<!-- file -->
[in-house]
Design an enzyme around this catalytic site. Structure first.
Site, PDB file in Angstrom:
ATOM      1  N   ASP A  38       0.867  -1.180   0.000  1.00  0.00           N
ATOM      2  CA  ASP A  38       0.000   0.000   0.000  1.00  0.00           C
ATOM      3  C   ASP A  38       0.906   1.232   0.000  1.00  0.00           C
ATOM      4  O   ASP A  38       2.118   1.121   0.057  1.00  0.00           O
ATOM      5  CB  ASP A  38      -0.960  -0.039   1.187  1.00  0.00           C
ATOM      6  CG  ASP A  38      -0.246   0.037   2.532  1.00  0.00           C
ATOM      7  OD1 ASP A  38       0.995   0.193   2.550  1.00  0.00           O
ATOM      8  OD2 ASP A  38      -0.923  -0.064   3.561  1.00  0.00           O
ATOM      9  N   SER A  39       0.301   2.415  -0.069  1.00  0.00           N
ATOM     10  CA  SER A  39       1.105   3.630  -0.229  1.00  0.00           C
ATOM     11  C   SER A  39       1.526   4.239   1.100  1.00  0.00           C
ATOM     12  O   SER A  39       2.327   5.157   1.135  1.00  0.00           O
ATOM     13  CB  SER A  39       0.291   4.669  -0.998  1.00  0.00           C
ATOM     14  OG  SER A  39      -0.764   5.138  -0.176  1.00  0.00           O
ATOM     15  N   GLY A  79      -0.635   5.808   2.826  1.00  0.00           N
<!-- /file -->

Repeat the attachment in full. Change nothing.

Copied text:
[in-house]
Design an enzyme around this catalytic site. Structure first.
Site, PDB file in Angstrom:
ATOM      1  N   ASP A  38       0.867  -1.180   0.000  1.00  0.00           N
ATOM      2  CA  ASP A  38       0.000   0.000   0.000  1.00  0.00           C
ATOM      3  C   ASP A  38       0.906   1.232   0.000  1.00  0.00           C
ATOM      4  O   ASP A  38       2.118   1.121   0.057  1.00  0.00           O
ATOM      5  CB  ASP A  38      -0.960  -0.039   1.187  1.00  0.00           C
ATOM      6  CG  ASP A  38      -0.246   0.037   2.532  1.00  0.00           C
ATOM      7  OD1 ASP A  38       0.995   0.193   2.550  1.00  0.00           O
ATOM      8  OD2 ASP A  38      -0.923  -0.064   3.561  1.00  0.00           O
ATOM      9  N   SER A  39       0.301   2.415  -0.069  1.00  0.00           N
ATOM     10  CA  SER A  39       1.105   3.630  -0.229  1.00  0.00           C
ATOM     11  C   SER A  39       1.526   4.239   1.100  1.00  0.00           C
ATOM     12  O   SER A  39       2.327   5.157   1.135  1.00  0.00           O
ATOM     13  CB  SER A  39       0.291   4.669  -0.998  1.00  0.00           C
ATOM     14  OG  SER A  39      -0.764   5.138  -0.176  1.00  0.00           O
ATOM     15  N   GLY A  79      -0.635   5.808   2.826  1.00  0.00           N